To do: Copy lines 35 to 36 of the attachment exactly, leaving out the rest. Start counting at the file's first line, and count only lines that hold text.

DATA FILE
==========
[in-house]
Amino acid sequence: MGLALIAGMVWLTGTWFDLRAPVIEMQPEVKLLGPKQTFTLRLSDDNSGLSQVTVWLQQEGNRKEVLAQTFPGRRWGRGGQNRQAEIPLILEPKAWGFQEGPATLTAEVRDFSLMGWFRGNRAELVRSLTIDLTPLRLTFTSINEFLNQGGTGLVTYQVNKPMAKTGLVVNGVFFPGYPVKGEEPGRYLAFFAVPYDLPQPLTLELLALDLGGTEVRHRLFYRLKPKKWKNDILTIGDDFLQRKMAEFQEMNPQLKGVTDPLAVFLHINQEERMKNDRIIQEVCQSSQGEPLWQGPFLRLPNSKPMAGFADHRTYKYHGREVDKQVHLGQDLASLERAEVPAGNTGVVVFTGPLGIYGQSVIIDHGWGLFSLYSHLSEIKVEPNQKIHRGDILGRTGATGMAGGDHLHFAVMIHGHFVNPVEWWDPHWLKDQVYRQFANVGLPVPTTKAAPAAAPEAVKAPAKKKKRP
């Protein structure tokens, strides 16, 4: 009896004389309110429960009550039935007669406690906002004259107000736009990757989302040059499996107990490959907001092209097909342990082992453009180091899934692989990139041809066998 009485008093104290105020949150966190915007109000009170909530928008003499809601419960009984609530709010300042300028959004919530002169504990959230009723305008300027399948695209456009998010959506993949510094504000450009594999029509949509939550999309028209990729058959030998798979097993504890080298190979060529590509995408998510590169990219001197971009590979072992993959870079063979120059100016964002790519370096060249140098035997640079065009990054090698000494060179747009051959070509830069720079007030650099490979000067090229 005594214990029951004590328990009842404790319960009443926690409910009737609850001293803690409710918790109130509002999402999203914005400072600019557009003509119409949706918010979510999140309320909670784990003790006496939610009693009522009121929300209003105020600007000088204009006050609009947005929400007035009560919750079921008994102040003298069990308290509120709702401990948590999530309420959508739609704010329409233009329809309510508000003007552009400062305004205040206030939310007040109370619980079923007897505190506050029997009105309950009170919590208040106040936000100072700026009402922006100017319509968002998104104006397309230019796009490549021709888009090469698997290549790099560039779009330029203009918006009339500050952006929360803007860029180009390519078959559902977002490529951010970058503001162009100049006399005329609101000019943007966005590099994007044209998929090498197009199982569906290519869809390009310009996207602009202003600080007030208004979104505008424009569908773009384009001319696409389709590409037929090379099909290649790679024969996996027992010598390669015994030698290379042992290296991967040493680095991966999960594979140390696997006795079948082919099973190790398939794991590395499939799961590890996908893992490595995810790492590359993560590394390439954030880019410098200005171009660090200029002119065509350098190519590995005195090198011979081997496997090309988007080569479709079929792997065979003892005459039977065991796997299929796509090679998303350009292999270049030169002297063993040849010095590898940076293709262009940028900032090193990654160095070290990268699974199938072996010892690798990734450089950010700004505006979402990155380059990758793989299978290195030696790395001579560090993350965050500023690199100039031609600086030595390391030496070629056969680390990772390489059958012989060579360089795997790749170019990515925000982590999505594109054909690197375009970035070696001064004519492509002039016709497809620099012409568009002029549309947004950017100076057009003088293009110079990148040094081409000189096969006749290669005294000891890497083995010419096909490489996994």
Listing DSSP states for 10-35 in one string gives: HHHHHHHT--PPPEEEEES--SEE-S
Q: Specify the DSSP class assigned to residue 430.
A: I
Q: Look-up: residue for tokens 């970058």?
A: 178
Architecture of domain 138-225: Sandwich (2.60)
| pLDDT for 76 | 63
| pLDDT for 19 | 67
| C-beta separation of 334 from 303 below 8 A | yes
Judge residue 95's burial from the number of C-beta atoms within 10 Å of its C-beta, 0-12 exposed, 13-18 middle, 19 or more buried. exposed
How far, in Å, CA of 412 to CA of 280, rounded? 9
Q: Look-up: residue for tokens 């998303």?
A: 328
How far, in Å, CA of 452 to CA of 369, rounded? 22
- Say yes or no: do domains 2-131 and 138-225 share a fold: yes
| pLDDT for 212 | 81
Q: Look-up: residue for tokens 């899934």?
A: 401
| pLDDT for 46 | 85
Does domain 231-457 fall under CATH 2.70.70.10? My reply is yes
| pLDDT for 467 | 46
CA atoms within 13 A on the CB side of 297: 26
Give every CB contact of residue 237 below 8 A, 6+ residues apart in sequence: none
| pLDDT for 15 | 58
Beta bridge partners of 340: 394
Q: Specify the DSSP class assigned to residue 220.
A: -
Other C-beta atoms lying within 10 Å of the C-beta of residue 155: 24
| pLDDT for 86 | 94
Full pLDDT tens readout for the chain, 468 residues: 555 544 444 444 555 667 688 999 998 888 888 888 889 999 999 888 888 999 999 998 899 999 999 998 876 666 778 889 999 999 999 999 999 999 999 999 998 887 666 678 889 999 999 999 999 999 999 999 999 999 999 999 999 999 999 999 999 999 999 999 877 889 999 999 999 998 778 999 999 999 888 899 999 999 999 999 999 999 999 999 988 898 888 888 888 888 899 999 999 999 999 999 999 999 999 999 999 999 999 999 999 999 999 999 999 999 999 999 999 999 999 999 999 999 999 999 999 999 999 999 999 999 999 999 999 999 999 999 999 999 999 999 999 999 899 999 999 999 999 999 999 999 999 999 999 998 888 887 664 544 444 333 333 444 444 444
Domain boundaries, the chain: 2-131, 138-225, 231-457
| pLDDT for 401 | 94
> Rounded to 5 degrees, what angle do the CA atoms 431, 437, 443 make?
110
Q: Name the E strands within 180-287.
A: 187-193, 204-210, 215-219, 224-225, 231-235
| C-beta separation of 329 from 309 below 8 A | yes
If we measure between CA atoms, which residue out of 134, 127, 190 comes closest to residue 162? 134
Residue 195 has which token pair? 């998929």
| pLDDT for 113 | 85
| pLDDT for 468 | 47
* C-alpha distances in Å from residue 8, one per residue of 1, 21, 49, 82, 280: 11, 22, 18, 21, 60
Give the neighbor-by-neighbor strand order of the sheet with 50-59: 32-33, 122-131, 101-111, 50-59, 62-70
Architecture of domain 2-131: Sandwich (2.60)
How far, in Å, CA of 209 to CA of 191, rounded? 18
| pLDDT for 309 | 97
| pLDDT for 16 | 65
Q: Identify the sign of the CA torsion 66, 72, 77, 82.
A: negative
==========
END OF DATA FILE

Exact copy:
| pLDDT for 401 | 94
> Rounded to 5 degrees, what angle do the CA atoms 431, 437, 443 make?